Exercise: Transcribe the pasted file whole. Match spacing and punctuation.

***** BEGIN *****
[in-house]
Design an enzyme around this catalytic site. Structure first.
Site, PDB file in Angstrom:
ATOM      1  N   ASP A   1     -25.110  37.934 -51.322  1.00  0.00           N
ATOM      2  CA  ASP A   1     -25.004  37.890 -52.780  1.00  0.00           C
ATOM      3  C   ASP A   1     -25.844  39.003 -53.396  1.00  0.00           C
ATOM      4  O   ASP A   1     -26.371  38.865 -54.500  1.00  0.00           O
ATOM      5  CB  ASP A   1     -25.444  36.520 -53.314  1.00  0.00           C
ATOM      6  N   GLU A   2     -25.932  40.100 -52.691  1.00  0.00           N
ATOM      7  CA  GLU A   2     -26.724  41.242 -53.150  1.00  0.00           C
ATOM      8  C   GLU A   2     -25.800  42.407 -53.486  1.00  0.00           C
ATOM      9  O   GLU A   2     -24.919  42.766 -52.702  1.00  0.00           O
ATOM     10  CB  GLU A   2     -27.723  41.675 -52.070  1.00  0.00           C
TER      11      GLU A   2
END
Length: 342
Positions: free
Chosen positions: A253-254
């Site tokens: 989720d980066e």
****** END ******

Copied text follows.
[in-house]
Design an enzyme around this catalytic site. Structure first.
Site, PDB file in Angstrom:
ATOM      1  N   ASP A   1     -25.110  37.934 -51.322  1.00  0.00           N
ATOM      2  CA  ASP A   1     -25.004  37.890 -52.780  1.00  0.00           C
ATOM      3  C   ASP A   1     -25.844  39.003 -53.396  1.00  0.00           C
ATOM      4  O   ASP A   1     -26.371  38.865 -54.500  1.00  0.00           O
ATOM      5  CB  ASP A   1     -25.444  36.520 -53.314  1.00  0.00           C
ATOM      6  N   GLU A   2     -25.932  40.100 -52.691  1.00  0.00           N
ATOM      7  CA  GLU A   2     -26.724  41.242 -53.150  1.00  0.00           C
ATOM      8  C   GLU A   2     -25.800  42.407 -53.486  1.00  0.00           C
ATOM      9  O   GLU A   2     -24.919  42.766 -52.702  1.00  0.00           O
ATOM     10  CB  GLU A   2     -27.723  41.675 -52.070  1.00  0.00           C
TER      11      GLU A   2
END
Length: 342
Positions: free
Chosen positions: A253-254
């Site tokens: 989720d980066e």